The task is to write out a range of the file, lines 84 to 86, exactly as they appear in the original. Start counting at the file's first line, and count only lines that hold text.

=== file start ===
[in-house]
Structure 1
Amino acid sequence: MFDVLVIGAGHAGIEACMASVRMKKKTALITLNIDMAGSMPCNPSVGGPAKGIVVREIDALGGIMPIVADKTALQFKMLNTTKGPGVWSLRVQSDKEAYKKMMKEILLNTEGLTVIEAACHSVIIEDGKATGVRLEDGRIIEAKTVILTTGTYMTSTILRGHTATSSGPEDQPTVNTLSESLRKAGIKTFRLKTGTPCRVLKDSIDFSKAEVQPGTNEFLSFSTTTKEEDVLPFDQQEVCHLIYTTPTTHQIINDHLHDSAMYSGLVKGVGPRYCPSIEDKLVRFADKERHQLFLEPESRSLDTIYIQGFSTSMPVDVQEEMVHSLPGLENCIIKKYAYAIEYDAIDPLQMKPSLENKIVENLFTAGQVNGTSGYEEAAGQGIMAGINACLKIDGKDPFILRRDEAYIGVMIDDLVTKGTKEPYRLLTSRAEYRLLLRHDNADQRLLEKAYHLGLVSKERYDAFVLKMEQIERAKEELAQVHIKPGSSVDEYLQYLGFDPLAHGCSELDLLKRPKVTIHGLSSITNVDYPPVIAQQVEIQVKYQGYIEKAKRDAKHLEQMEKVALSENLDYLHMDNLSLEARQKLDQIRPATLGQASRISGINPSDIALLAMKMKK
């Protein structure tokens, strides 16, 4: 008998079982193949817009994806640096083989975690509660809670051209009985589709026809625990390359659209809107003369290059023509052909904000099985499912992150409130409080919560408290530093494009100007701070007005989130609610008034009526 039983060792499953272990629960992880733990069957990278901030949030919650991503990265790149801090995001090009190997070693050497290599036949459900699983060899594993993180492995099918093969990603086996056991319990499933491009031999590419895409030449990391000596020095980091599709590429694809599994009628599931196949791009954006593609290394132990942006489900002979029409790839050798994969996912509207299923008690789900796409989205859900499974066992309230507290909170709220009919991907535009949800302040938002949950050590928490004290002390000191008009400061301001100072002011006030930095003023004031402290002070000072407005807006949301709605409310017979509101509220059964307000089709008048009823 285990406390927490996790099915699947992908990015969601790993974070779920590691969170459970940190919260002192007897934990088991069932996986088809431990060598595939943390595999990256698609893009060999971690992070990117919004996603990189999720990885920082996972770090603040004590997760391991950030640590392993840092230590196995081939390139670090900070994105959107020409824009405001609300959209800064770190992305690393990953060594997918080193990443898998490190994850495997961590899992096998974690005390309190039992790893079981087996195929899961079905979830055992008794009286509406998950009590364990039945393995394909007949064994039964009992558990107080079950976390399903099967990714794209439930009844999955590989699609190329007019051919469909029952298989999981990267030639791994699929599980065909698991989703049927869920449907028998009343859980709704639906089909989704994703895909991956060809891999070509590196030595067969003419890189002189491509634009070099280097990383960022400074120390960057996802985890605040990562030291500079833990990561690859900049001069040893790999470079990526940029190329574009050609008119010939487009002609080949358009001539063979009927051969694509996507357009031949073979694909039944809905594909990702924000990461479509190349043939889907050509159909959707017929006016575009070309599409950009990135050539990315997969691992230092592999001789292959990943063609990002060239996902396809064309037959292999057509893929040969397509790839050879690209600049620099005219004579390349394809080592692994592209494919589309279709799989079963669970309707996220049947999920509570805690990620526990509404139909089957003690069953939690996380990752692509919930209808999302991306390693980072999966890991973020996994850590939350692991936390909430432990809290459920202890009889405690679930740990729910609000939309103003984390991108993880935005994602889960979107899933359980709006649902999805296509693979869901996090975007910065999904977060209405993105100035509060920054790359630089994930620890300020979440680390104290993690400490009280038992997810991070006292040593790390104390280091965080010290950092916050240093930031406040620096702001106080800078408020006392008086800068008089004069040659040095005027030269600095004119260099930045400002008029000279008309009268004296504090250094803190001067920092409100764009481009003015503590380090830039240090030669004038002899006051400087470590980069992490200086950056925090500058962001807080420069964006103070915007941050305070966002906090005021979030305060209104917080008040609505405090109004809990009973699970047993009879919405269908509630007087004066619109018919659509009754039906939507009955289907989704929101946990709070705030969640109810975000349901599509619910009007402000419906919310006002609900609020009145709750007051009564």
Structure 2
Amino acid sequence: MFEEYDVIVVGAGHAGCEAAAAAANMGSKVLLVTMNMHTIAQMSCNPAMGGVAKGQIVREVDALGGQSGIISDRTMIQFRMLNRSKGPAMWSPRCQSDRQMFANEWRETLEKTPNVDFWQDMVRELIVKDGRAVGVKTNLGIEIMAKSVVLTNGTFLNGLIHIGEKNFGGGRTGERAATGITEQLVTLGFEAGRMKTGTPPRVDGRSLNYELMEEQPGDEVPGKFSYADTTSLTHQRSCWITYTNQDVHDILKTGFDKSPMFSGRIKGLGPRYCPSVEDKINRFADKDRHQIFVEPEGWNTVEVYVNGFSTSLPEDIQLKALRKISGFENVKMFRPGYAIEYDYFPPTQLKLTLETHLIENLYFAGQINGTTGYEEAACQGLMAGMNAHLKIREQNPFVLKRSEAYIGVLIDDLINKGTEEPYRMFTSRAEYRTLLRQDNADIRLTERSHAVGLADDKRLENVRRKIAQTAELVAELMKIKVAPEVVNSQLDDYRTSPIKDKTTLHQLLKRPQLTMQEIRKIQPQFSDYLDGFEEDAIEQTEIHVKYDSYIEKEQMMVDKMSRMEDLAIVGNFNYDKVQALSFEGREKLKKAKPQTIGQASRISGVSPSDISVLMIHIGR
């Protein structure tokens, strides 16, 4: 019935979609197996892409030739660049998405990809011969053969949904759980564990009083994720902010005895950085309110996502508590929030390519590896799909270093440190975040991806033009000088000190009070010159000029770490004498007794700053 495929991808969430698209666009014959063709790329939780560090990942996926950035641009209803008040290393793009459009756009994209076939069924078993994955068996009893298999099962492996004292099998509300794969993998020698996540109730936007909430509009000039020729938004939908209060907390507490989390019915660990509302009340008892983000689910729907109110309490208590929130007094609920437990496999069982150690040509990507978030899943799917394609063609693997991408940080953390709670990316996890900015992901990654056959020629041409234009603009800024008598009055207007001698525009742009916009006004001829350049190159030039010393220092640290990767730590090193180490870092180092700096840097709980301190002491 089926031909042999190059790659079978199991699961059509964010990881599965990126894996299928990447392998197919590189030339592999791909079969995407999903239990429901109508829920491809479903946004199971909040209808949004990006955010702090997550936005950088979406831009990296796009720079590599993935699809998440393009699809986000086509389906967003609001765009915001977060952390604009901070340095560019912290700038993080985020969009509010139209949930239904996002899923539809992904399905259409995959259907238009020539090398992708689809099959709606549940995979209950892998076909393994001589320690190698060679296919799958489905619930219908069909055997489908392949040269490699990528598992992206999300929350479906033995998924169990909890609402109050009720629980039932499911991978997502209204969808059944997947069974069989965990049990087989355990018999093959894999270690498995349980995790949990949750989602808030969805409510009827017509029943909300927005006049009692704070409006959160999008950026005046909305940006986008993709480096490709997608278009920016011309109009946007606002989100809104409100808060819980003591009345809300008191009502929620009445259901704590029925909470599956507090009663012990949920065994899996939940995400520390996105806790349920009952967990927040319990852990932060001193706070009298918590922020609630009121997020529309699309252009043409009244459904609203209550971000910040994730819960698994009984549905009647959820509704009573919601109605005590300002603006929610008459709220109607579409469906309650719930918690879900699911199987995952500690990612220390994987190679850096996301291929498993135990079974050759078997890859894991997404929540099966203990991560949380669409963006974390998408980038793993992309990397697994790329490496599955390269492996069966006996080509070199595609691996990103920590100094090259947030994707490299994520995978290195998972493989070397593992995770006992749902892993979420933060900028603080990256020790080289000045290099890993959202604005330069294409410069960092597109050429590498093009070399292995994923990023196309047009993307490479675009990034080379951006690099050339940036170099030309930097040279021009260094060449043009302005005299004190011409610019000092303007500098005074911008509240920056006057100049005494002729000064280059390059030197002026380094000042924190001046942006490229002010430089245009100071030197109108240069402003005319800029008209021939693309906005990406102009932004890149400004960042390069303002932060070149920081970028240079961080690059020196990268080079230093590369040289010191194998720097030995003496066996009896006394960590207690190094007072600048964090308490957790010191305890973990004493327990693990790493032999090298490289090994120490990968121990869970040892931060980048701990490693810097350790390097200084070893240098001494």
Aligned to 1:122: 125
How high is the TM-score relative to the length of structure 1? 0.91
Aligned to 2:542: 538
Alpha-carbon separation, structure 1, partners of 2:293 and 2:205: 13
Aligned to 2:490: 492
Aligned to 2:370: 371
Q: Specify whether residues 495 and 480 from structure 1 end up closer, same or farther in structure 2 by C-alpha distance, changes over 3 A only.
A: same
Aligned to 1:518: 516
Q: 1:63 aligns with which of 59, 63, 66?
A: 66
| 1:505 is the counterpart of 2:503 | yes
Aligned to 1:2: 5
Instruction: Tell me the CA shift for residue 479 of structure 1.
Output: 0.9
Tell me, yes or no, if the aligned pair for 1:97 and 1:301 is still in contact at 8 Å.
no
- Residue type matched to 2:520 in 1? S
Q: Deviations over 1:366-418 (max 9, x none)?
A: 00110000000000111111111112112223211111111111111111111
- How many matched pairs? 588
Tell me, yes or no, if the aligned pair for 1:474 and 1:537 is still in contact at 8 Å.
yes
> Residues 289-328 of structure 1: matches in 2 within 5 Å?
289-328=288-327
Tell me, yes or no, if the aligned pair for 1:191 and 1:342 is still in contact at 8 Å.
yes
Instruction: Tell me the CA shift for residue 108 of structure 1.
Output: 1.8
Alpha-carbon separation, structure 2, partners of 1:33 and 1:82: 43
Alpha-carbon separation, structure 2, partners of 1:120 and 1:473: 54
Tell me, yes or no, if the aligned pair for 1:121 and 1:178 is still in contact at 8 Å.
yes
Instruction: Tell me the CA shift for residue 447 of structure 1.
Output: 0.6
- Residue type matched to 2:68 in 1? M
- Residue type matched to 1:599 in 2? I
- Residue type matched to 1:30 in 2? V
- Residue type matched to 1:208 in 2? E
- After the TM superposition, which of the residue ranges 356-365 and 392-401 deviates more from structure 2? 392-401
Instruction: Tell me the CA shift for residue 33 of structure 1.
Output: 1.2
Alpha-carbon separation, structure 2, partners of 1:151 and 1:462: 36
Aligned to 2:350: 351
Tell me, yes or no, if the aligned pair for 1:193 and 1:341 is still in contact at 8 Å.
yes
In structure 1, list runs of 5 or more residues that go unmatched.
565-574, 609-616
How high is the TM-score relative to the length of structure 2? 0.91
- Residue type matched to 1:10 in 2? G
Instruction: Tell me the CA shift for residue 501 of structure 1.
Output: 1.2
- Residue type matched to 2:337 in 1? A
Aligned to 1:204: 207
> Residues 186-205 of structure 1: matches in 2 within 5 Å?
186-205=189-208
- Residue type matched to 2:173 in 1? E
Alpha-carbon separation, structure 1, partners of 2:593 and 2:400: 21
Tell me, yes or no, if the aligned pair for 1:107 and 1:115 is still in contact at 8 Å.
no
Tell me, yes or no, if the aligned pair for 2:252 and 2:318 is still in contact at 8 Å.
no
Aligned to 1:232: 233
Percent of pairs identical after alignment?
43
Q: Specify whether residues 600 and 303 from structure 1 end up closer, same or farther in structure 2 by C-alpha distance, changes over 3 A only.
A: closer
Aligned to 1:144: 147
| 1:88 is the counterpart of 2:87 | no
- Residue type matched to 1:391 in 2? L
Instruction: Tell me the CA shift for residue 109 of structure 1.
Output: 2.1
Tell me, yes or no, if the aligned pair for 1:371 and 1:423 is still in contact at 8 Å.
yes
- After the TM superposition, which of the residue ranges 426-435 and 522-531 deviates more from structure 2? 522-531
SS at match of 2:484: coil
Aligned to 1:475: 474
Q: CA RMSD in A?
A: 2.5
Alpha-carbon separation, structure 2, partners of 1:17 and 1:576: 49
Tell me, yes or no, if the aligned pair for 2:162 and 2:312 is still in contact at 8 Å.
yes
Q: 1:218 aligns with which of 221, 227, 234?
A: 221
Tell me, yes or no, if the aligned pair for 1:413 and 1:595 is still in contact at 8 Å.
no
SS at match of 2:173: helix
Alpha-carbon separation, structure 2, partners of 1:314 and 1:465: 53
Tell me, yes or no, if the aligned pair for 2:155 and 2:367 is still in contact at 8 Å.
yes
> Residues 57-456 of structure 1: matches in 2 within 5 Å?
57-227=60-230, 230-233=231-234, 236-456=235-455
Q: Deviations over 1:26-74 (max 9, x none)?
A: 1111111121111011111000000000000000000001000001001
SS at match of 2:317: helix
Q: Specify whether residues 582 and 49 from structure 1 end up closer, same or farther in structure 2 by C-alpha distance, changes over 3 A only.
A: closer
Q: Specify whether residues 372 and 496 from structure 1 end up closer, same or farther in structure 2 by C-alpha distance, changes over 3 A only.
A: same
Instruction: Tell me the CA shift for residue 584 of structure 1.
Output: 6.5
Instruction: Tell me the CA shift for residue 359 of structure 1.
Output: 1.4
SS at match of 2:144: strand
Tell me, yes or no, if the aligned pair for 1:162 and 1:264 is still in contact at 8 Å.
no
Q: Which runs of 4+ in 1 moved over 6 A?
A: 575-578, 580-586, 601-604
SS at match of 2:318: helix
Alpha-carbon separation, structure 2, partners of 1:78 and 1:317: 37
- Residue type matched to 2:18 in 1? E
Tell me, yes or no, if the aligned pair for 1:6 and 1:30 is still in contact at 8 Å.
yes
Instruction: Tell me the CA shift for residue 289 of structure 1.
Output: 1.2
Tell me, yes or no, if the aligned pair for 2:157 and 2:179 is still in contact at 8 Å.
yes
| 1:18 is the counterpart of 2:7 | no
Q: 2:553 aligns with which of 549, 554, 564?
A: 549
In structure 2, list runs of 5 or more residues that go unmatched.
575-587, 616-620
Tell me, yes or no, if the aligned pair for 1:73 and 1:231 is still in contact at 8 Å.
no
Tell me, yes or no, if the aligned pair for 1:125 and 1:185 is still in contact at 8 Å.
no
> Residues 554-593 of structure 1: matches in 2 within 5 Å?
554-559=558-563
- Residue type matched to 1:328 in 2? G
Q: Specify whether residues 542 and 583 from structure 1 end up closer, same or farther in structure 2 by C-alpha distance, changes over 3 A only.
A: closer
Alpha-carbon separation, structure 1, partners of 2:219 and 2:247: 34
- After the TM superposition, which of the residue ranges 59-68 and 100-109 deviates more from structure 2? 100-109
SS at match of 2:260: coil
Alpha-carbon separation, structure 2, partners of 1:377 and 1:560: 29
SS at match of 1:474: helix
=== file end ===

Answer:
Aligned to 1:475: 474
Q: CA RMSD in A?
A: 2.5